Jon: And if He had a seventh-day rest with no end, then there is no point in Sabbath and festivals. You're living in a different type of time-space philosophy.
Tim: The whole story then from Genesis 2 onward is about the failed partners that God keeps putting up with as He tries to recreate and lead humanity towards the seventh-day rest and people keep blowing it. And so the Israelite calendar is one of the ways, it's the main way for Israel that he Institute's that they have all now... they have seven now of these feasts and they're all pointing to the same Ideal yet to be realized.
Jon: So all the stars, they're pointing towards feasts that are pointing towards an ideal, which the seventh day in Genesis 1 itself is in the fulfillment of.
Tim: That's right.
Jon: So you get to day four and God creates the stars, and you're like, "And there's signs. Awesome. Let's follow this." And by day seven they don't matter anymore. Is that what you're saying?
Tim: The function of the Hebrew Bible as meditation literature. There are things buried in the opening pages that are only comprehensible once you've read to the whole collection and then come back and read it again.
Jon: I know. It's funny to think about if it's a day that doesn't end, then, yeah what are the purpose of the sun, moon, and stars?
Tim: In linear narrative perspective, that makes sense. But when you read Genesis 1 as the prolog and the summary of the whole story you're about to read, this is why Jesus calls himself the son of Adam, son of man who's the Lord of the Sabbath. He is bringing that seventh day into reality. That he is the image of God, as Paul says in Colossians 1 and the firstborn of a new of the new creation.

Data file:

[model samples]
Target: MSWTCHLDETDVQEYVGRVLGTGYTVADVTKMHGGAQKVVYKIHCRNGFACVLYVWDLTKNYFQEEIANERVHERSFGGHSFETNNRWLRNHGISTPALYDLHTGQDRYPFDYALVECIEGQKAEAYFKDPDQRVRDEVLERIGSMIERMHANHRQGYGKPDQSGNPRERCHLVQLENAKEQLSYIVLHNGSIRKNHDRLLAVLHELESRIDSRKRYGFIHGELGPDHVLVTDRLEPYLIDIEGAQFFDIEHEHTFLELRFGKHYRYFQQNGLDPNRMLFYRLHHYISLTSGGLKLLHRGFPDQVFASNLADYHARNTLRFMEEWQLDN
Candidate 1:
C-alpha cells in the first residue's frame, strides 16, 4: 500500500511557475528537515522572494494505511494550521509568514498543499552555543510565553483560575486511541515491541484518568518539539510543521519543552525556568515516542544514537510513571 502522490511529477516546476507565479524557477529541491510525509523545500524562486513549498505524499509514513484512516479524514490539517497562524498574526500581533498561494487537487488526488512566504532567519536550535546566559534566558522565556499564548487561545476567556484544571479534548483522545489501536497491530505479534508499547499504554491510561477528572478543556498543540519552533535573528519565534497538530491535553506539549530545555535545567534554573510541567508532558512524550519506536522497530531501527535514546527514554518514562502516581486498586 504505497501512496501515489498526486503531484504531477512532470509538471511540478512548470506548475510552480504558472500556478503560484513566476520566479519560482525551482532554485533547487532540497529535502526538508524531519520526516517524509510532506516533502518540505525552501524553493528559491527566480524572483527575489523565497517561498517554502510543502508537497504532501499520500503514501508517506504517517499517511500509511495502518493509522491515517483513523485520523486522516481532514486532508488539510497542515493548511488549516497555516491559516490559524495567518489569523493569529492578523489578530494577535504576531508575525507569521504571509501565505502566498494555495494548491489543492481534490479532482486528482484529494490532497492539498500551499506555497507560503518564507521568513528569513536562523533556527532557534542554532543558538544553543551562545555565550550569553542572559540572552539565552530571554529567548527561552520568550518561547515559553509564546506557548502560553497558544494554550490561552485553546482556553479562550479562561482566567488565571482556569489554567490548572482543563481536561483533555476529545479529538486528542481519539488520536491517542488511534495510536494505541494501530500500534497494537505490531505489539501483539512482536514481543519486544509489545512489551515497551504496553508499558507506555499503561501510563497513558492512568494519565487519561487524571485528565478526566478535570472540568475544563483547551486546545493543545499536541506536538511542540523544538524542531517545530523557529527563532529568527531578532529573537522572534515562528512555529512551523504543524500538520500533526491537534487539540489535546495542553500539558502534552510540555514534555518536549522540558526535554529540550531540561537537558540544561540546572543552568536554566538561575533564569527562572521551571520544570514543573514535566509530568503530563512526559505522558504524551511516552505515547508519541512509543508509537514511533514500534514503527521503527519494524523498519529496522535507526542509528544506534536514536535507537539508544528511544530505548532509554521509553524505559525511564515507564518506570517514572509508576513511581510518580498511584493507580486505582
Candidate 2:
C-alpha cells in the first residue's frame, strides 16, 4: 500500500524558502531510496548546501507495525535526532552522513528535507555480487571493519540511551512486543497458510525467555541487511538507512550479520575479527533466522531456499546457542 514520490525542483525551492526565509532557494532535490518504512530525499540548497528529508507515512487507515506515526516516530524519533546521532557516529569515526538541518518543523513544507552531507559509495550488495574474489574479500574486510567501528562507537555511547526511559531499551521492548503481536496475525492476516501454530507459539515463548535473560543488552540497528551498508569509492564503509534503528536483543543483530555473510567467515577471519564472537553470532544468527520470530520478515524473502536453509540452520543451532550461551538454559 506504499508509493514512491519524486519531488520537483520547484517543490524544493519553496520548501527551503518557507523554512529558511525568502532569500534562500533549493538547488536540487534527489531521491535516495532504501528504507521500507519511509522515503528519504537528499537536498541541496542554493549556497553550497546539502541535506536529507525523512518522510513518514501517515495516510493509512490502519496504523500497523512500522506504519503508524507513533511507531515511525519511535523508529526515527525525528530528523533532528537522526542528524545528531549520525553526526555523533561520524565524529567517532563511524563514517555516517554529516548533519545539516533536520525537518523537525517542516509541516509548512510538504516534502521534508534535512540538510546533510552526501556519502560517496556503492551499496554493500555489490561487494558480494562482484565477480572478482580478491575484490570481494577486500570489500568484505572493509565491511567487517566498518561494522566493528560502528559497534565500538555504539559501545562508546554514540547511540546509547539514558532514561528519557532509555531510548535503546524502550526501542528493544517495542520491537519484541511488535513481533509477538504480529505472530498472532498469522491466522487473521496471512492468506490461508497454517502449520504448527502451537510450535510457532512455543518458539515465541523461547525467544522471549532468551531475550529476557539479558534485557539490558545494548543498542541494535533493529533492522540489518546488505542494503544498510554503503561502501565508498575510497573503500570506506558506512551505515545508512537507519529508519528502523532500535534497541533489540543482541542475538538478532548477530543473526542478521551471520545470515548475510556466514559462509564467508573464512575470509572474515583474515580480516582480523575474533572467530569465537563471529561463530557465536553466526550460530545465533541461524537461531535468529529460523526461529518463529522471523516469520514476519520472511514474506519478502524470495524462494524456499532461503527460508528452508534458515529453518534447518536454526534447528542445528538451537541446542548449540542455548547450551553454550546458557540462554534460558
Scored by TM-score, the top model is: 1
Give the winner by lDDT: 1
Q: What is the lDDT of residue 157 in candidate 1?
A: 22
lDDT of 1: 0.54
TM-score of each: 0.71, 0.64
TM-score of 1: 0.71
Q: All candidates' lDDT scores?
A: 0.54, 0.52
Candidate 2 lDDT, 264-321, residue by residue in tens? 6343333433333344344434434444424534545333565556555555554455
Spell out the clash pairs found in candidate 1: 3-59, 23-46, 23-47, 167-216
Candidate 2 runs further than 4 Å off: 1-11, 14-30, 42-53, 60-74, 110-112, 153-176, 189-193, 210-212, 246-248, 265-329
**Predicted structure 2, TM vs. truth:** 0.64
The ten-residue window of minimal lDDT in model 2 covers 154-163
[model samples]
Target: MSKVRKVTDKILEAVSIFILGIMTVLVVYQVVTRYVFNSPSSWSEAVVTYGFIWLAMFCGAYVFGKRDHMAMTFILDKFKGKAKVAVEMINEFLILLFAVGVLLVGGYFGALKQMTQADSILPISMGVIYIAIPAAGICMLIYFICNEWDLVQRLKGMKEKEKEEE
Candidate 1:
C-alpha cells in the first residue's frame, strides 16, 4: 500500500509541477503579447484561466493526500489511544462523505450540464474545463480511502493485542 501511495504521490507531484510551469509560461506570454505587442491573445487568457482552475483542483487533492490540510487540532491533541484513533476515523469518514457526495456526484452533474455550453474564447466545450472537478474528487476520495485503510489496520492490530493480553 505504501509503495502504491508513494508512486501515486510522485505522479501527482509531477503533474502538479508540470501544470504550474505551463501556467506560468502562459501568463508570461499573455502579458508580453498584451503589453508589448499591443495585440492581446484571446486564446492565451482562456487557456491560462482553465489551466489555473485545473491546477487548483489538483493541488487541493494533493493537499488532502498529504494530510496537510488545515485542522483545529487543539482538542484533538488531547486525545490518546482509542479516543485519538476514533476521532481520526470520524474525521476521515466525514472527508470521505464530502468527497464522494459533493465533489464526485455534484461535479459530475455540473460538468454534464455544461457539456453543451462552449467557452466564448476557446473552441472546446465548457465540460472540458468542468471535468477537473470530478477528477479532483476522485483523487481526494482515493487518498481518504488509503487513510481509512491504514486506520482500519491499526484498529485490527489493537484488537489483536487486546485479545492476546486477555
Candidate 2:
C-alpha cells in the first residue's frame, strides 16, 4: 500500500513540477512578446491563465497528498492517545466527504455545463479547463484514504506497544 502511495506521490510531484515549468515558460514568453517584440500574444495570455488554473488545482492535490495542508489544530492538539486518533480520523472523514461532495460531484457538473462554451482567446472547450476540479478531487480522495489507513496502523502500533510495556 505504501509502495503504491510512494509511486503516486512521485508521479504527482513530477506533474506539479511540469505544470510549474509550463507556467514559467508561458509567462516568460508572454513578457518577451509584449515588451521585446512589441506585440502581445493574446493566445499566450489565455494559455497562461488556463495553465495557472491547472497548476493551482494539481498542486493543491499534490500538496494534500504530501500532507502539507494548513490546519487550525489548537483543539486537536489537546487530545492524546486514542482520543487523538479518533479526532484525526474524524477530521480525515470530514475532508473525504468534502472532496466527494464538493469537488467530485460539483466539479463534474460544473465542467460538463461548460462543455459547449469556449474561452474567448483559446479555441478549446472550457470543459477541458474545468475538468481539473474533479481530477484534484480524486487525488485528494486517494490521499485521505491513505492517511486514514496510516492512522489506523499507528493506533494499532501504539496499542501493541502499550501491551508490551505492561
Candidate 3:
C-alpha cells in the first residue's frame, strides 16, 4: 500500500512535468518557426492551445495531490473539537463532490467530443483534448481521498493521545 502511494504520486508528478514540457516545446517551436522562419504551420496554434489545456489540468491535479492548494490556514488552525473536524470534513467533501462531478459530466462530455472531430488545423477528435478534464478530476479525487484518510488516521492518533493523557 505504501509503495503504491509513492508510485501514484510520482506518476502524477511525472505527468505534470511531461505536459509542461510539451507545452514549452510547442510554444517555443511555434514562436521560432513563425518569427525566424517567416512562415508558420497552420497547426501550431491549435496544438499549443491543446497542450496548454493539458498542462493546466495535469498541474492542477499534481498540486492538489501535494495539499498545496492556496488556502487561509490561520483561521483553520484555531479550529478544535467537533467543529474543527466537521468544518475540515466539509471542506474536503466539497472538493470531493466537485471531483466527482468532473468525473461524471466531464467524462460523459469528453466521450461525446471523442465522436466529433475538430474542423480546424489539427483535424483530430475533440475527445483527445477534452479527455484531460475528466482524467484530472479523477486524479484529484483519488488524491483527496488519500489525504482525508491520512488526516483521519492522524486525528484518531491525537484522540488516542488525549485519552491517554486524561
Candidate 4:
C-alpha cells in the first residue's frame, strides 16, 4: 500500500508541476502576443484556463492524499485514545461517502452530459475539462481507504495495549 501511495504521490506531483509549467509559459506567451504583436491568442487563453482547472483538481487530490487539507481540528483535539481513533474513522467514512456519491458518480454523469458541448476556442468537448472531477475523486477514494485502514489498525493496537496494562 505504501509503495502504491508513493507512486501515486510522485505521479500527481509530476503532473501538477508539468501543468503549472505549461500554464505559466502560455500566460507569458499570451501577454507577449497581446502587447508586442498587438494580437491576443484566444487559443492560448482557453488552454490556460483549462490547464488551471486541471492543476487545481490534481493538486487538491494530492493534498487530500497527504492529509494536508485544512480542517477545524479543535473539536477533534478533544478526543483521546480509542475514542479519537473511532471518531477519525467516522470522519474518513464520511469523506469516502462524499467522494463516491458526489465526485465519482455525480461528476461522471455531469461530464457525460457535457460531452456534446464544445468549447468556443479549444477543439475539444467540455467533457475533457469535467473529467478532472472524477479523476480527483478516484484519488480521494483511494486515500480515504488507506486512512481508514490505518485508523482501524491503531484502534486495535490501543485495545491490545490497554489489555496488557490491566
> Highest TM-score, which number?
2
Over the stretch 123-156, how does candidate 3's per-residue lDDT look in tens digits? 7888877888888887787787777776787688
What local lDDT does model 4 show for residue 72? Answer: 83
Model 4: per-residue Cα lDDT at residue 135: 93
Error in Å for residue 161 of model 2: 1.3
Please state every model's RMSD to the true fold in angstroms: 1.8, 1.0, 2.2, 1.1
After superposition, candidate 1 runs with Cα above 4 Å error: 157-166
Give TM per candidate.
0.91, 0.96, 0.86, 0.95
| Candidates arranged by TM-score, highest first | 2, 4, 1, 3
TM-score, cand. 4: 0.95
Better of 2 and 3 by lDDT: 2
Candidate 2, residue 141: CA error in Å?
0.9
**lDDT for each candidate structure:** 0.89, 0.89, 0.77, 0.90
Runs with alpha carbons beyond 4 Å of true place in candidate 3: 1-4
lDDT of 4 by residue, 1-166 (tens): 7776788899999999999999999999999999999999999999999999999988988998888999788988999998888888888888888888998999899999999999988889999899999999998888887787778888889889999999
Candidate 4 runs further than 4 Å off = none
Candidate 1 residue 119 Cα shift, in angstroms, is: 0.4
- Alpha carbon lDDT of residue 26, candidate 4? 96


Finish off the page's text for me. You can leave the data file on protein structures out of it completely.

Jon: I think that's landing. Sorry to beat that down.
Tim: No, no. Laura and Mike those are wonderful questions. This is Brianna who came for the Jon class.
Brianna: "Hi, guys. This is Brianna from Wisconsin. I have a question about the flood narrative and what’s going on there with all the uses of time and sevens that keep getting repeated. I'm wondering if all the references to time are supposed to get mapped onto Israel’s calendar and the feast days? And if so, does that somehow tie into Noah and his name meaning "rest"? What are we meant to see there with all the reference to time and sevens and the idea that Noah is rest and bringing rest into the world?" Thanks for all you guys do this has been a fascinating series."
Jon: What is she saying?
Tim: Dude the flood story. So awesome.
Jon: We didn't talk about this, did we?
Tim: A little bit.
Jon: I don't remember all the sevens in the flood story.
Tim: We could do a whole class on the flood story. But when God tells Noah that He's going to bring the waters of the flood - this is in Genesis 7 - God tells Noah that He's going to bring the animals in by seven, according to all the categories of Genesis 1. Then in vs 4 He says, "In seven more days" I'm going to send rain on the earth for 40 days and 40 nights. All literally blot out from the face of the land, all life that I've made. Vs 6 Noah was 600 years old when the floodwaters came upon the land." There you go. He's told in seven more days, then rain will come for 40 days and 40 nights. Does that make sense?
Tim: Down to vs 10 it came about after seven days, the waters came. In the 600th year of Noah's life in the second month on the 17th day of the month, on that very day, all the springs of the deep - this is the water underneath the land. Then the windows up in the rakia drop. So the water is above and below that were separated on day two are not collapsing back in on each other. That's the image. And the rain fell for 40 days and 40 nights. Here's what's interesting. You have these seven, 40 days and 40 nights...
Jon: You have pairs of animals in seven.